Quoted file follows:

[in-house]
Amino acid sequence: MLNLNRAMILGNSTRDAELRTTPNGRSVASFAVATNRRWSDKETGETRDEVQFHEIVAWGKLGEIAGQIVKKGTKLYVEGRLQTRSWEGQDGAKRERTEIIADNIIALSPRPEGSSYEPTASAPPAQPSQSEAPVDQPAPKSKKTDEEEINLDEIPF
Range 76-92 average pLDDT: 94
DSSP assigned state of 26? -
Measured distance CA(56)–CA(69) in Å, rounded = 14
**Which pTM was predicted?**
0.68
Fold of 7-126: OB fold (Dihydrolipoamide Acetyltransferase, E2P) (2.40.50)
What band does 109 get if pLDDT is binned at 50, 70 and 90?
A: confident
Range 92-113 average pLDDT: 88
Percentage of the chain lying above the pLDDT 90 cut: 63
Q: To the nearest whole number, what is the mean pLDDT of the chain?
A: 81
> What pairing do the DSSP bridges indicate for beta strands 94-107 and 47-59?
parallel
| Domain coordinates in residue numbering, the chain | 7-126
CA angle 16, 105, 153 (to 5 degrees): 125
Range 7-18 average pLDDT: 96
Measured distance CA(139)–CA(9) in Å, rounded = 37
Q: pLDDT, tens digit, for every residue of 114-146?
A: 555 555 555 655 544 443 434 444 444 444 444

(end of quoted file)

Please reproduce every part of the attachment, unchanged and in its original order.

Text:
[in-house]
Amino acid sequence: MLNLNRAMILGNSTRDAELRTTPNGRSVASFAVATNRRWSDKETGETRDEVQFHEIVAWGKLGEIAGQIVKKGTKLYVEGRLQTRSWEGQDGAKRERTEIIADNIIALSPRPEGSSYEPTASAPPAQPSQSEAPVDQPAPKSKKTDEEEINLDEIPF
Range 76-92 average pLDDT: 94
DSSP assigned state of 26? -
Measured distance CA(56)–CA(69) in Å, rounded = 14
**Which pTM was predicted?**
0.68
Fold of 7-126: OB fold (Dihydrolipoamide Acetyltransferase, E2P) (2.40.50)
What band does 109 get if pLDDT is binned at 50, 70 and 90?
A: confident
Range 92-113 average pLDDT: 88
Percentage of the chain lying above the pLDDT 90 cut: 63
Q: To the nearest whole number, what is the mean pLDDT of the chain?
A: 81
> What pairing do the DSSP bridges indicate for beta strands 94-107 and 47-59?
parallel
| Domain coordinates in residue numbering, the chain | 7-126
CA angle 16, 105, 153 (to 5 degrees): 125
Range 7-18 average pLDDT: 96
Measured distance CA(139)–CA(9) in Å, rounded = 37
Q: pLDDT, tens digit, for every residue of 114-146?
A: 555 555 555 655 544 443 434 444 444 444 444